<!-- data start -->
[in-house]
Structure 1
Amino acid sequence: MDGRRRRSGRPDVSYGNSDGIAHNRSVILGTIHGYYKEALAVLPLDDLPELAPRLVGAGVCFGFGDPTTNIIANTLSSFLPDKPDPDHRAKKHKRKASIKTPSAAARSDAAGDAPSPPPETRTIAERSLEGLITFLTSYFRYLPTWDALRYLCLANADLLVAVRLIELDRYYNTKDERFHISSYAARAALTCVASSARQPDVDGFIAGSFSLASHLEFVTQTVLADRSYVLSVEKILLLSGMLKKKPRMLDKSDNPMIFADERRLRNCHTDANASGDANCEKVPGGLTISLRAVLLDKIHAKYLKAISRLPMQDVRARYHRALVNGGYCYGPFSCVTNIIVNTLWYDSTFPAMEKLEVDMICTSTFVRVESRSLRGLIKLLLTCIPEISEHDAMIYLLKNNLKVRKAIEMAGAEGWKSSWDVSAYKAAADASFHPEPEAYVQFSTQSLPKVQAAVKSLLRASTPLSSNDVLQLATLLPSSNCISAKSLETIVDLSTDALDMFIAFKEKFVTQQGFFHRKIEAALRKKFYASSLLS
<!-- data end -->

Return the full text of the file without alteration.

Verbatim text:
[in-house]
Structure 1
Amino acid sequence: MDGRRRRSGRPDVSYGNSDGIAHNRSVILGTIHGYYKEALAVLPLDDLPELAPRLVGAGVCFGFGDPTTNIIANTLSSFLPDKPDPDHRAKKHKRKASIKTPSAAARSDAAGDAPSPPPETRTIAERSLEGLITFLTSYFRYLPTWDALRYLCLANADLLVAVRLIELDRYYNTKDERFHISSYAARAALTCVASSARQPDVDGFIAGSFSLASHLEFVTQTVLADRSYVLSVEKILLLSGMLKKKPRMLDKSDNPMIFADERRLRNCHTDANASGDANCEKVPGGLTISLRAVLLDKIHAKYLKAISRLPMQDVRARYHRALVNGGYCYGPFSCVTNIIVNTLWYDSTFPAMEKLEVDMICTSTFVRVESRSLRGLIKLLLTCIPEISEHDAMIYLLKNNLKVRKAIEMAGAEGWKSSWDVSAYKAAADASFHPEPEAYVQFSTQSLPKVQAAVKSLLRASTPLSSNDVLQLATLLPSSNCISAKSLETIVDLSTDALDMFIAFKEKFVTQQGFFHRKIEAALRKKFYASSLLS